By Daniel Wiessner
(Reuters) -Tesla Inc cannot pause a California civil rights agency's lawsuit alleging widespread race discrimination at an assembly plant while the electric carmaker separately challenges the agency's ability to sue employers, a judge ruled on Wednesday.
California Superior Court Judge Evelio Grillo in Oakland said during a hearing that Tesla could pursue its claim that the state Department of Fair Employment and Housing (DFEH) failed to meet various requirements before suing the company in February, but that staying the lawsuit would be inappropriate.
Tesla's lawyers had argued that the case should be put on hold so the department could give the company an opportunity to settle the claims outside of court, but Grillo said he lacked the power to do that.
“We cannot typically order an agency to exercise its discretion in a particular way,” the judge said. “That’s kind of a big no-no.”
The judge's decision was expected after Grillo in a written order on Tuesday said he was leaning toward allowing the case to proceed.
Tesla and its lawyers did not immediately respond to requests for comment. The Department of Fair Employment and Housing also did not respond to a request for comment.
DFEH in the lawsuit claims Tesla's flagship Fremont, California, plant was racially segregated and Black workers were harassed and discriminated against in terms of job assignments, discipline and pay.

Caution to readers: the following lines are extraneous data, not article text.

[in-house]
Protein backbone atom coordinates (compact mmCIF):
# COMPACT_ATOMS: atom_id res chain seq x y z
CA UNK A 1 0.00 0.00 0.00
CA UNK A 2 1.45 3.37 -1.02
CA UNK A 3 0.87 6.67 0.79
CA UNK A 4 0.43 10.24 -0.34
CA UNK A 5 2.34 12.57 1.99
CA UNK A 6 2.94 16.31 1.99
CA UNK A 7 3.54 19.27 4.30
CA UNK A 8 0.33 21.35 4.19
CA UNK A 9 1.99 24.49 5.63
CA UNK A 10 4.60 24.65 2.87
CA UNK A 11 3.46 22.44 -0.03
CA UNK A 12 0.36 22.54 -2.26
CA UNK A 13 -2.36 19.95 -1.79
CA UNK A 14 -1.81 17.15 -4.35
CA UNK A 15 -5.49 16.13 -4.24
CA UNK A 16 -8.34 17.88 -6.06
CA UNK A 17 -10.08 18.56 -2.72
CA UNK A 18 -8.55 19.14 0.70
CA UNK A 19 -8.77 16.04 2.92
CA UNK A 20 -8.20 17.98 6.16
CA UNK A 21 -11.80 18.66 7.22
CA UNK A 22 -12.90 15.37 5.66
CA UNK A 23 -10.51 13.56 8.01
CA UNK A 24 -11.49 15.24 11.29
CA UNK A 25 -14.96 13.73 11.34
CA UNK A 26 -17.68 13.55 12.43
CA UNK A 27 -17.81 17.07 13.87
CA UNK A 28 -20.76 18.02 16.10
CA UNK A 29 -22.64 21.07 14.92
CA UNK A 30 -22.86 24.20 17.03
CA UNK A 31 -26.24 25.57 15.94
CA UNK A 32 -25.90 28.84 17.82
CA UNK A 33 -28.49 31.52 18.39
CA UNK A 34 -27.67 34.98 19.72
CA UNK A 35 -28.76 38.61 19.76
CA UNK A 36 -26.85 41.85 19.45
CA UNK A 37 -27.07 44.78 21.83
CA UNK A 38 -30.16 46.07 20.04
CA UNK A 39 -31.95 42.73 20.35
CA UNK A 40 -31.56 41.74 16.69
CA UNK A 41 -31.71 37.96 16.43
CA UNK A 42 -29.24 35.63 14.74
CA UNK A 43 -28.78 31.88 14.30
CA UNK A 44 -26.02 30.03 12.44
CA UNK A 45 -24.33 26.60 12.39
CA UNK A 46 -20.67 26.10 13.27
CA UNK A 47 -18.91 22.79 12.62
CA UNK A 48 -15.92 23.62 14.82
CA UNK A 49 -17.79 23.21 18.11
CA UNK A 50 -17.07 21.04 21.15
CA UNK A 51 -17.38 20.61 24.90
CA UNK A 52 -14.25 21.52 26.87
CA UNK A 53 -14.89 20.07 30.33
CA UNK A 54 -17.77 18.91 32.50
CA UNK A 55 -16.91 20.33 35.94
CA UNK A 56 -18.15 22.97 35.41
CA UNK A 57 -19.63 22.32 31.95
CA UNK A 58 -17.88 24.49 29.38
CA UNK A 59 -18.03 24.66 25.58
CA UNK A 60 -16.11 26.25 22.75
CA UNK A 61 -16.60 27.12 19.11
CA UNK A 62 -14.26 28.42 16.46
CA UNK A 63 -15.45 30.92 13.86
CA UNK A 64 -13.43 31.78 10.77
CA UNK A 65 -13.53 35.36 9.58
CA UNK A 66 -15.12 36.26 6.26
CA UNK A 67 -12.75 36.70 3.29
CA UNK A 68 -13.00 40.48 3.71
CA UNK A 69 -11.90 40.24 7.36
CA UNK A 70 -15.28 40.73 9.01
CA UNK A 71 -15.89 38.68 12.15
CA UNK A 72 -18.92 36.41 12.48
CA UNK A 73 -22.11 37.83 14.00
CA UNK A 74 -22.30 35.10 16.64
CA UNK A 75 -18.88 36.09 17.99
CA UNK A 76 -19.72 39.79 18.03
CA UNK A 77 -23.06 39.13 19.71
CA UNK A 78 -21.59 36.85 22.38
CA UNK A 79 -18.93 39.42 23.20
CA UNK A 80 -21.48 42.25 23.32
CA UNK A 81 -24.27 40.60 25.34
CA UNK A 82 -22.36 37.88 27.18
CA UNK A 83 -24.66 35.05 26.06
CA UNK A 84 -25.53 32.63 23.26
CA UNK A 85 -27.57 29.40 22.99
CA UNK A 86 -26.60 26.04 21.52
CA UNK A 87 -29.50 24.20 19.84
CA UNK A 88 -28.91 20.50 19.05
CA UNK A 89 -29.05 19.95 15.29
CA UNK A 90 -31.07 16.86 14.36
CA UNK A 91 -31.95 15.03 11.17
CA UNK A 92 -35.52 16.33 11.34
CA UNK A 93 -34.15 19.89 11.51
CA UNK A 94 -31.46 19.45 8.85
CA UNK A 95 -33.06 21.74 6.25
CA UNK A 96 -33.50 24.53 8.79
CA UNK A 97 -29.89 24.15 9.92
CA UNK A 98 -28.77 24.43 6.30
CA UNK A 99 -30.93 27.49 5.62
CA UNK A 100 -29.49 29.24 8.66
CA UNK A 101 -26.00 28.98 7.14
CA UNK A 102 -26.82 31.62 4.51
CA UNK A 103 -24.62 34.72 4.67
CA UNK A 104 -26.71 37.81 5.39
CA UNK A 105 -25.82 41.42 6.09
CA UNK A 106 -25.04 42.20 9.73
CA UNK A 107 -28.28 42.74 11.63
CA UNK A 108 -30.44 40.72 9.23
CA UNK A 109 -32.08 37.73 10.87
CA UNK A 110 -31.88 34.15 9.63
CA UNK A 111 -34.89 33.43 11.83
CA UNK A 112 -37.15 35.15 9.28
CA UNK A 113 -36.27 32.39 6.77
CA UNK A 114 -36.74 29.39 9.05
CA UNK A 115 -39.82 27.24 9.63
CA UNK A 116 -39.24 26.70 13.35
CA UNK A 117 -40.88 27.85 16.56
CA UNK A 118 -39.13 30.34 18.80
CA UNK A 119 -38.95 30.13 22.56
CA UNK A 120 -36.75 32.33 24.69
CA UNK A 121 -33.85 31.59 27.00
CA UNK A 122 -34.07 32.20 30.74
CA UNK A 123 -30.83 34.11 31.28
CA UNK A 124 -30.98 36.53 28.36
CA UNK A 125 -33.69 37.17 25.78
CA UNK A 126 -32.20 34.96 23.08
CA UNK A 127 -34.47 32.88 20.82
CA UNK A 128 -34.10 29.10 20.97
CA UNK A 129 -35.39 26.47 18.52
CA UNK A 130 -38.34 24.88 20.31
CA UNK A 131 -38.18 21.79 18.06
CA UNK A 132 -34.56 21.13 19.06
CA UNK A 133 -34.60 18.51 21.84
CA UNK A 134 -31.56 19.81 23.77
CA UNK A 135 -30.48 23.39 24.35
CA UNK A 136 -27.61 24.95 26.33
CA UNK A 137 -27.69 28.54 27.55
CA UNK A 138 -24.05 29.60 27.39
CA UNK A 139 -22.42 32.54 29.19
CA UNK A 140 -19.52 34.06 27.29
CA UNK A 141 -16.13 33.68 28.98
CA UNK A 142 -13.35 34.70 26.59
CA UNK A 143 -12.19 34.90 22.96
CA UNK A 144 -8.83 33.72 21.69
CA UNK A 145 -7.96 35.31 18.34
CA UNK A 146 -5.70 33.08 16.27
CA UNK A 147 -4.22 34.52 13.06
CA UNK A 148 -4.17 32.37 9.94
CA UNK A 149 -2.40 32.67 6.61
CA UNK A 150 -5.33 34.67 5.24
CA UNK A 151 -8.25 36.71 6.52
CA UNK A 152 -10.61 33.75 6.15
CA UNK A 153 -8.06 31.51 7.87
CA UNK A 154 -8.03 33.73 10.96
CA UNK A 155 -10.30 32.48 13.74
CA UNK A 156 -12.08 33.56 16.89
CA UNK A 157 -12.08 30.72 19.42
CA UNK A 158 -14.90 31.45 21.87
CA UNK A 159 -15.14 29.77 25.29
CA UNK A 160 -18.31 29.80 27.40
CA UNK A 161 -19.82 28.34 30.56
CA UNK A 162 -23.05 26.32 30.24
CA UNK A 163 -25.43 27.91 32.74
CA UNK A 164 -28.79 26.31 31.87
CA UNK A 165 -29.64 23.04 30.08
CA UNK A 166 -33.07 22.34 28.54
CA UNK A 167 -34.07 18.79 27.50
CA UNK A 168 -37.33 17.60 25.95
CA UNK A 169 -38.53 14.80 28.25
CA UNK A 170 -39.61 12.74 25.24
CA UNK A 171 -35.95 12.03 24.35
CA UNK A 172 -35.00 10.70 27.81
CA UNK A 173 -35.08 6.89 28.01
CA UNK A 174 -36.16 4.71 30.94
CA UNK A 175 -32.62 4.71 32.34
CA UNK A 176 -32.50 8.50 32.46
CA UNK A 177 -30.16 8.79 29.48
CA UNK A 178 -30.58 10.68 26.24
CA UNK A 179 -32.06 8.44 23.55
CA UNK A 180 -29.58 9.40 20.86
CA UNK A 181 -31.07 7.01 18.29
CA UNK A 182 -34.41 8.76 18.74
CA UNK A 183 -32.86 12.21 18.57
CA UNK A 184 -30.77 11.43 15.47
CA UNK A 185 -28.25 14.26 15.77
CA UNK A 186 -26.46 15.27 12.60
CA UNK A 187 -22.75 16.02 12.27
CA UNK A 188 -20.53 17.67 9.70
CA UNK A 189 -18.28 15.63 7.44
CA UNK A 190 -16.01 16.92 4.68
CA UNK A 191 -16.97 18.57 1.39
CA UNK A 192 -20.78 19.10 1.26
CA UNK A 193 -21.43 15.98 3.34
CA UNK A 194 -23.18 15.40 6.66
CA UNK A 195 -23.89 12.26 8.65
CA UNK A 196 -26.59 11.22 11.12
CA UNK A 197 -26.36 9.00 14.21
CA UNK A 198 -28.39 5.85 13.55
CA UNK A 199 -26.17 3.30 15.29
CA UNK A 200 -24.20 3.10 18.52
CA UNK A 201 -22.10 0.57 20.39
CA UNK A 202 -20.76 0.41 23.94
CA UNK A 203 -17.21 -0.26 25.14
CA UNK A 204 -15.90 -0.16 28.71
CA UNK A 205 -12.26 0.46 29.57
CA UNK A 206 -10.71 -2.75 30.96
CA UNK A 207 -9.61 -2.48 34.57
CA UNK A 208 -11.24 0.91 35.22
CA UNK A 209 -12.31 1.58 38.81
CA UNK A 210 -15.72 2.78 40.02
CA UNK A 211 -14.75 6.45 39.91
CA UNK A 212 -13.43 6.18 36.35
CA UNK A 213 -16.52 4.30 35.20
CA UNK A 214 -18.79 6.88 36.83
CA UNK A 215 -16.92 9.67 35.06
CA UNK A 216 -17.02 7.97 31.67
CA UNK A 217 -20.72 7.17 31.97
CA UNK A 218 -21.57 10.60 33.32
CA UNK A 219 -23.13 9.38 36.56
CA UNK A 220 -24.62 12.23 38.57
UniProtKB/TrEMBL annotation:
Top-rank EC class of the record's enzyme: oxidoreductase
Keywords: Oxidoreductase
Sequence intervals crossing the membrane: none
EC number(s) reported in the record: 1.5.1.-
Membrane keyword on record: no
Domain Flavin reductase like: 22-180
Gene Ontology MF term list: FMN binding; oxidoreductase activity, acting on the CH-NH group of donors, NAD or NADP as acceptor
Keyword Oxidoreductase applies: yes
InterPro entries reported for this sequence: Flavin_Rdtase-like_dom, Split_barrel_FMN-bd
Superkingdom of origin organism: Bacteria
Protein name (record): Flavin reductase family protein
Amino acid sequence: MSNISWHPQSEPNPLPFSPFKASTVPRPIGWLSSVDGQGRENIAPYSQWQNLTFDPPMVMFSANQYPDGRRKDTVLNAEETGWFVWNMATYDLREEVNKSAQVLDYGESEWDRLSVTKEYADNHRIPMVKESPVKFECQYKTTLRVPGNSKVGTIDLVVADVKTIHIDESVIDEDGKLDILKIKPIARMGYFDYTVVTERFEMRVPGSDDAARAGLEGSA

Tesla has denied wrongdoing and said the lawsuit was politically motivated.
The company on Tuesday filed a complaint with California's Office of Administrative Law claiming DFEH routinely flouts requirements it must meet under state law before suing employers for discrimination.
At Wednesday's hearing, Grillo said Tesla could still prevail on its claims that DFEH violated state law. But the judge said he would not determine that before taking up Tesla's pending motion to dismiss the case, which is the subject of a hearing scheduled for August.
The lawsuit is one of several pending in California courts that accuse Tesla of tolerating discrimination and sexual harassment at its factories.
A state judge in April reduced a $137 million jury verdict to $15 million in a Black worker's lawsuit claiming he was subjected to severe racial harassment at the Fremont plant. The judge on Tuesday denied the worker's motion for permission to appeal the damages.
Tesla faces a class action suit that makes similar claims of racial bias and at least seven sexual harassment lawsuits by female employees.
Tesla has denied the claims and says it has policies in place to deter and punish workplace misconduct.
(Reporting by Daniel Wiessner in Albany, New York; Editing by Howard Goller)